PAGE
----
So many memories…so many stories…

Laying down office seems so easy when one writes about it without the subjective pressures of emotion and memories. After more than 30 years at the helm, I felt that I had done what needed to be done over the last 30 months to future-proof SVYM. Whether it was Governance or moving SVYM closer to sustainability or streamlining our management functions, bringing in technology, reorienting our programs and making them more relevant to the times – I felt that so much could be done and this was possible only by the emergence of a wonderful and creative team of 16 motivated people from within SVYM. Playing the catalyst and watching the maturation of collective leadership has been so rewarding. I wanted to explain all this to our employees at Saragur and Hosahalli and let them know how I did not have much to offer in terms of real value to SVYM now. I also wanted them to appreciate how I have always lived life with the guidance of my inner voice and also inform them that I would no longer be playing the role of the President from the 1st of October 2017.

Meeting and interacting with our staff showed me how far SVYM has come. So much energy, so much enthusiasm and suddenly I was reminded of how much water has flowed under the bridge over the last 33 years. From our aborted experiment at Chinnadagudihundi to the celebration of our first anniversary at Thumnerale to my meeting Swami Achalanandaji, my spiritual guide and mentor – so many thoughts seemed to rush through my mind. Going to Hosahalli, I was fondly recollecting the challenges that we had faced building the Kenchanahalli hospital and how today it is more relevant to transform this hospital into a rural livelihood center. At Hosahalli, I was reminiscing how Dr Manjukumar (currently a monk at the Ramakrishna Math, Belur) so lovingly planted the raintree saplings which today have grown into such gigantic ones. I was remembering how difficult it was to grow the Ashoka trees around the old school which stood patiently watching the school and the children grow over the last 28 years. And then it stuck me! How change is the only norm that is constant. The Ashoka trees have been cut and all that remain are ugly looking stumps, though some of them are stubbornly refusing to fade away and are slowly rejuvenating. Organizations are also like these trees – the old has to make way for the new or at least the ‘old’ has to grow and re-discover themselves and come back rejuvenated and fresh or they will end up only as ugly looking remnants. Otherwise SVYM will lose its relevance and all that will remain will be memories.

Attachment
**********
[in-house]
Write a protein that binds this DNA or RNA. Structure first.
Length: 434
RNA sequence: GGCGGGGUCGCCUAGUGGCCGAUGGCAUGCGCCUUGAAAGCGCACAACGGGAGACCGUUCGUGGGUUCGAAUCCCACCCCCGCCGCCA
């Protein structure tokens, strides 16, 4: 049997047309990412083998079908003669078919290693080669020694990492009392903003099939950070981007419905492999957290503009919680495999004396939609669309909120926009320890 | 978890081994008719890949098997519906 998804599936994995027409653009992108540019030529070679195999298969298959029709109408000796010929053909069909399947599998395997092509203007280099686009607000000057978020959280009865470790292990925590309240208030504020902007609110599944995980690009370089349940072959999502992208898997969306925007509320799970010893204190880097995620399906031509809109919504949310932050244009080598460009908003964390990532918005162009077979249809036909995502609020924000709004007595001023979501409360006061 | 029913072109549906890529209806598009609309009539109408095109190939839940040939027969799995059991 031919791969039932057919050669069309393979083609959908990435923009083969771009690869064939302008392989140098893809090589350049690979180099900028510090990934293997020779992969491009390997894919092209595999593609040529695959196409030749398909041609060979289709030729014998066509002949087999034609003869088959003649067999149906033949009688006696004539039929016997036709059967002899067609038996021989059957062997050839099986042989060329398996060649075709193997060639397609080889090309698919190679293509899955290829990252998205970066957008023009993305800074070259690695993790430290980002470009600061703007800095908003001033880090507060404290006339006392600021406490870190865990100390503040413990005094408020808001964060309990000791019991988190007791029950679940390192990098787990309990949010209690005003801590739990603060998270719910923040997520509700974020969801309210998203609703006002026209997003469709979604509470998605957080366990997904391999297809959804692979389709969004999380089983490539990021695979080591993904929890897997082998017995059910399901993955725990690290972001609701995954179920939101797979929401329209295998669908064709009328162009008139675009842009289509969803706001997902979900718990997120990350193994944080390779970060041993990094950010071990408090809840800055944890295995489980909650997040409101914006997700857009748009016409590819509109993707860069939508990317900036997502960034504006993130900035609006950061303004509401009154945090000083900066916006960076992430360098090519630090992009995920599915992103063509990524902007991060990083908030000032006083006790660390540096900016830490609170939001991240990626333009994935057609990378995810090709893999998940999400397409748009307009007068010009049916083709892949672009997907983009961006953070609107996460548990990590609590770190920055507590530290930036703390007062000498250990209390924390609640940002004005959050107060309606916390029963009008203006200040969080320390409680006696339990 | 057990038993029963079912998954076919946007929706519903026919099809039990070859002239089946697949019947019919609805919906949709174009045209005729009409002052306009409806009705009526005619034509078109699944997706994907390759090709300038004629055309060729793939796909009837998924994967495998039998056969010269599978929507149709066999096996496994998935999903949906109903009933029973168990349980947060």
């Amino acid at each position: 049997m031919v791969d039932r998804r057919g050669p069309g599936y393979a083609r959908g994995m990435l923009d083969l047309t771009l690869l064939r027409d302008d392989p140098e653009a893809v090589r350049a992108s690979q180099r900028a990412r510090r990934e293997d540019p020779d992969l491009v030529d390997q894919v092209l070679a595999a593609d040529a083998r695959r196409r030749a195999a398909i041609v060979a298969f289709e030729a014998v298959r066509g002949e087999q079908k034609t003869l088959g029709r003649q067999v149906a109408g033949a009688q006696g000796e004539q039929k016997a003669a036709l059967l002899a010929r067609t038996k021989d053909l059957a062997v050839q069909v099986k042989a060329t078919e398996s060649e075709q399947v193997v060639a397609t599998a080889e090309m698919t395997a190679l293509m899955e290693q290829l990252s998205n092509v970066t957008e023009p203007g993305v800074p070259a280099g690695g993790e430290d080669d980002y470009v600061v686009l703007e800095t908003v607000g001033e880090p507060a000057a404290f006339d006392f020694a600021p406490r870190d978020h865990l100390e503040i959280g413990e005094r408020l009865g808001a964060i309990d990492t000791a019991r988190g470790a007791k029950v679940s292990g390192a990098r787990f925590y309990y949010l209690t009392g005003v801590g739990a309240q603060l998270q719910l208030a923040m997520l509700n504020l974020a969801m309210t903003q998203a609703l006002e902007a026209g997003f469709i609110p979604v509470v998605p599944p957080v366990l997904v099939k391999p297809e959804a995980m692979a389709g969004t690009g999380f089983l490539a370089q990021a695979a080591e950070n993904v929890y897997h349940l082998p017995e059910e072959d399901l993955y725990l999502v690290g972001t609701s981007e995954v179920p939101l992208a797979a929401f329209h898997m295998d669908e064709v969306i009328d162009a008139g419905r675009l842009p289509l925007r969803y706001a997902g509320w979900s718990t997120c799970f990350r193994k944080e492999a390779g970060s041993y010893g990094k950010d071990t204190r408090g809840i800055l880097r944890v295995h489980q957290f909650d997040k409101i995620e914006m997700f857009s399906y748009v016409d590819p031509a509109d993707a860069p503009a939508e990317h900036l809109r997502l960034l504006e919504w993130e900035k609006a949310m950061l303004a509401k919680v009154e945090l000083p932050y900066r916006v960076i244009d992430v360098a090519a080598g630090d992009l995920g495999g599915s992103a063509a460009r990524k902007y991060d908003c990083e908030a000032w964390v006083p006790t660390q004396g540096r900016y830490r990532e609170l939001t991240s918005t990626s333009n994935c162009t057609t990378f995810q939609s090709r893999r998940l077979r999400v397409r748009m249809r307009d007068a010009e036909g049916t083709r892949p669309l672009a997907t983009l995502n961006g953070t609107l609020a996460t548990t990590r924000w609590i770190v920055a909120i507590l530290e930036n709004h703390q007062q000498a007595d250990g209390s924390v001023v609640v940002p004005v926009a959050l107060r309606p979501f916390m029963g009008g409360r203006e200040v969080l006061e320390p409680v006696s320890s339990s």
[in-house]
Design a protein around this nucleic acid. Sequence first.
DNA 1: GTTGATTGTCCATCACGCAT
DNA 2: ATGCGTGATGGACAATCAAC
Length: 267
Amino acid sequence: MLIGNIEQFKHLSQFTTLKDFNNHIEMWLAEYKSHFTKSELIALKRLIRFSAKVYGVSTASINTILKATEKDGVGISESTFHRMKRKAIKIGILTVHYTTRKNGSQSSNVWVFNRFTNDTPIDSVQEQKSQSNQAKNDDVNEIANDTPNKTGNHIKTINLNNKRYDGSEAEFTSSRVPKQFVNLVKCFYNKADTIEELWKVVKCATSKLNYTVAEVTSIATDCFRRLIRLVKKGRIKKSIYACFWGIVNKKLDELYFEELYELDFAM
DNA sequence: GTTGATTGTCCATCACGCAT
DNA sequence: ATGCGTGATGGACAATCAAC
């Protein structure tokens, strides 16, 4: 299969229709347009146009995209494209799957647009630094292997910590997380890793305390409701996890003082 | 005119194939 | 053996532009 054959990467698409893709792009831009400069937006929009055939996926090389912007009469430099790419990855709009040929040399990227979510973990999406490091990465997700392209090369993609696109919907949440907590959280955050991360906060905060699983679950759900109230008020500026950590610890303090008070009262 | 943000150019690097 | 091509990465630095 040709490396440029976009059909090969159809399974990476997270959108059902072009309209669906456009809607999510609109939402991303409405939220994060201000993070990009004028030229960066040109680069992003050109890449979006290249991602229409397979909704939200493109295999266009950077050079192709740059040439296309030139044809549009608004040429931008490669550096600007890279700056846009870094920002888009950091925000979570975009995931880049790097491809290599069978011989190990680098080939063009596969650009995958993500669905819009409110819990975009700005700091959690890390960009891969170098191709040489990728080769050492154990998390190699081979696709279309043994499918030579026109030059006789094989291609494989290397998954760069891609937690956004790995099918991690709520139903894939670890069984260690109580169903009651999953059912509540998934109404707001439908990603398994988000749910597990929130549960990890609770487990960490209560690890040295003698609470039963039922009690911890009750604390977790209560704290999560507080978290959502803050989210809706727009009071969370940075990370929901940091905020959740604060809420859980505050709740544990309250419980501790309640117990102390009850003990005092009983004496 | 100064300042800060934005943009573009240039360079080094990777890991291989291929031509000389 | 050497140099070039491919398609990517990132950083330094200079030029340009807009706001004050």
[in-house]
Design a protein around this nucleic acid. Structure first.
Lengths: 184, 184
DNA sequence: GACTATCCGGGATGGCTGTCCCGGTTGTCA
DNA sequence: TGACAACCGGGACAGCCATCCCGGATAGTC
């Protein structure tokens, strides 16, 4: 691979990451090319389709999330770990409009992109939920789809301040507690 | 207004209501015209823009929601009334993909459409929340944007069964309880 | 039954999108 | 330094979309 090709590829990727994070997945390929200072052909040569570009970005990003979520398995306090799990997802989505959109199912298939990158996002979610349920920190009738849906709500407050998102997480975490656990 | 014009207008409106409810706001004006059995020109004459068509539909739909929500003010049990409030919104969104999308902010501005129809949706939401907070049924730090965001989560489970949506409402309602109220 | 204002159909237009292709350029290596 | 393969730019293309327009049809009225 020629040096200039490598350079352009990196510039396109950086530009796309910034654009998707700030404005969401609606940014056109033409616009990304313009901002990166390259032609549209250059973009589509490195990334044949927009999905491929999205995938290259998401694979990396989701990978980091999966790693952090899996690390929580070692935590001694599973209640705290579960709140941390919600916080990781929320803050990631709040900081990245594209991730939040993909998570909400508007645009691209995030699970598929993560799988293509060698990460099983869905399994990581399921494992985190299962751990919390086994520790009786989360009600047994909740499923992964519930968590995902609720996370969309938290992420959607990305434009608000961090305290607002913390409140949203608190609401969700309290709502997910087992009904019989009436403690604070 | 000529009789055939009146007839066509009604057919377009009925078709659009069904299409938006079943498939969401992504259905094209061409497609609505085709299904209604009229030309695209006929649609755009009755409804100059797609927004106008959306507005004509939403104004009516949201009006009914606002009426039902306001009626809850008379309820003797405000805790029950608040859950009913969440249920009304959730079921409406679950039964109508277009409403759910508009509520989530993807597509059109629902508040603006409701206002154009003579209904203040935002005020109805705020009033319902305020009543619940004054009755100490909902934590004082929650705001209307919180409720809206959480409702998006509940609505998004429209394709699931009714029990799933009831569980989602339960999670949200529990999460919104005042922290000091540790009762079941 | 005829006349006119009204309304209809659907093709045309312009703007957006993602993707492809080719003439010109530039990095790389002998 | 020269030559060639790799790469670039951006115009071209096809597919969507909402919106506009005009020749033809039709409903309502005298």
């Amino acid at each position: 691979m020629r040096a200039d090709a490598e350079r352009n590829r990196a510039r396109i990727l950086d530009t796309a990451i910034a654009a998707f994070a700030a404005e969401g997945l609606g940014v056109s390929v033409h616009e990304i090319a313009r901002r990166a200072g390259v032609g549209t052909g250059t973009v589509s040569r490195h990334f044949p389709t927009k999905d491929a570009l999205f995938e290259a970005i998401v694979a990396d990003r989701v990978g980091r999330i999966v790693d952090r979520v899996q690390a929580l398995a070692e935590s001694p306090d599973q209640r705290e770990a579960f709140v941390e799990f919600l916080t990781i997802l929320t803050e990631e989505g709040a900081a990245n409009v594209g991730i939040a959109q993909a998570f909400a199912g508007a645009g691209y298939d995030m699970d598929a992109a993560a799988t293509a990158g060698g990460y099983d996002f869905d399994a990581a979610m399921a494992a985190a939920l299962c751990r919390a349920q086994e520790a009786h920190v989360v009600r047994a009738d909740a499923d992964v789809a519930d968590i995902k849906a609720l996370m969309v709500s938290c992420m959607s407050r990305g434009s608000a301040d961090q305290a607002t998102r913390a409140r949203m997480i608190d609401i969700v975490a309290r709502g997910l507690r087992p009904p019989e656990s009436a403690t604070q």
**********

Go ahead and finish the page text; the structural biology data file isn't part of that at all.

The stumps on one side and the rejuvenation on the other…

Memories that I fondly continue to cherish. Of how we had to drive out the ‘spirits’ from the Hosahalli campus to make it acceptable and safe for our tribal children. How Javaraiah and Jadiya had to have their share of daily battles with us. Or how Thimmaiah would work tirelessly to guard the campus on his own initiative. The teachers who came and went, but some of them still remain in my memory. The extraordinary and silent contributions of so many wonderful people. Just naming all of them will require a book. Of the enormous support that we have been receiving from hundreds of people in the Government, in the private sector, in the communities that we work with and from other well-meaning individuals and Institutions. All this has what made the experiment called SVYM see reasonable success. And all this is what I will take home with me – the stories, the adventures and the memories to reflect on and continue to grow from the energy that SVYM has been giving me.

So many of our donors and friends have appreciated my stand and endorsed it. Many of them feel that the timing could not have been better while some of them feel that I should have waited a few more years for the dust of the enormous change and churning happening by the SDG process to settle down. Whatever it is, the satisfaction and happiness that one feels on seeing that so much has happened and so many have now come together to steer the ship forward makes me believe that there could be no better time than now.

But along with all this, there still remains the question that many have asked me. What next for me? Everyone seems to believe that I will now move and seek other pastures. All that I can honestly say is that I have not applied my mind to anything else at this point of time. The activist in me will never stop doing what it has been doing or retire from any active social engagement. What platform I will now operate from is something that I am confident will reveal itself to me. For the moment, I intend to continue to teach, to train, to write and to focus on building up GRAAM, another great Institution waiting to happen.

I would also like to use this opportunity to thank each one of you for believing in me and for being a part of my adventurous journey of the last three decades and more. Life will go on, memories will fade, some stories may sound stale; but what is priceless is the enormous learning and personal evolution that happened to me, only because I am a part of SVYM. And that is something that will continue forever.